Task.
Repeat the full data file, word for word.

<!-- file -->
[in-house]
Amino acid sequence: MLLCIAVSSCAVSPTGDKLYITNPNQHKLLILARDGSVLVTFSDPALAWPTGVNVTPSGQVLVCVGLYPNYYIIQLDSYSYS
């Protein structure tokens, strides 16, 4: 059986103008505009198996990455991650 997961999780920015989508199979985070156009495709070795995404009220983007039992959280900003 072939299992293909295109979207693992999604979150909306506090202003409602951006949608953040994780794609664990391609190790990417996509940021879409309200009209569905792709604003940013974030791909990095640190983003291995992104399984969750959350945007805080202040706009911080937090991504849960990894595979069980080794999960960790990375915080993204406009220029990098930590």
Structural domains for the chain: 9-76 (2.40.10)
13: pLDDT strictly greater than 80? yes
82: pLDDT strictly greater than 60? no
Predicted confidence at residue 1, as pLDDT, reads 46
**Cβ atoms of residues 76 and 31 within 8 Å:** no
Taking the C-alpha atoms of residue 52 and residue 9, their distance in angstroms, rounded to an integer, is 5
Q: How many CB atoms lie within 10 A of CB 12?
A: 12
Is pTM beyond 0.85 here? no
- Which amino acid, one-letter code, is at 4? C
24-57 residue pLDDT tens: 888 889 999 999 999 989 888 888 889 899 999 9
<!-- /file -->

[in-house]
Amino acid sequence: MLLCIAVSSCAVSPTGDKLYITNPNQHKLLILARDGSVLVTFSDPALAWPTGVNVTPSGQVLVCVGLYPNYYIIQLDSYSYS
């Protein structure tokens, strides 16, 4: 059986103008505009198996990455991650 997961999780920015989508199979985070156009495709070795995404009220983007039992959280900003 072939299992293909295109979207693992999604979150909306506090202003409602951006949608953040994780794609664990391609190790990417996509940021879409309200009209569905792709604003940013974030791909990095640190983003291995992104399984969750959350945007805080202040706009911080937090991504849960990894595979069980080794999960960790990375915080993204406009220029990098930590």
Structural domains for the chain: 9-76 (2.40.10)
13: pLDDT strictly greater than 80? yes
82: pLDDT strictly greater than 60? no
Predicted confidence at residue 1, as pLDDT, reads 46
**Cβ atoms of residues 76 and 31 within 8 Å:** no
Taking the C-alpha atoms of residue 52 and residue 9, their distance in angstroms, rounded to an integer, is 5
Q: How many CB atoms lie within 10 A of CB 12?
A: 12
Is pTM beyond 0.85 here? no
- Which amino acid, one-letter code, is at 4? C
24-57 residue pLDDT tens: 888 889 999 999 999 989 888 888 889 899 999 9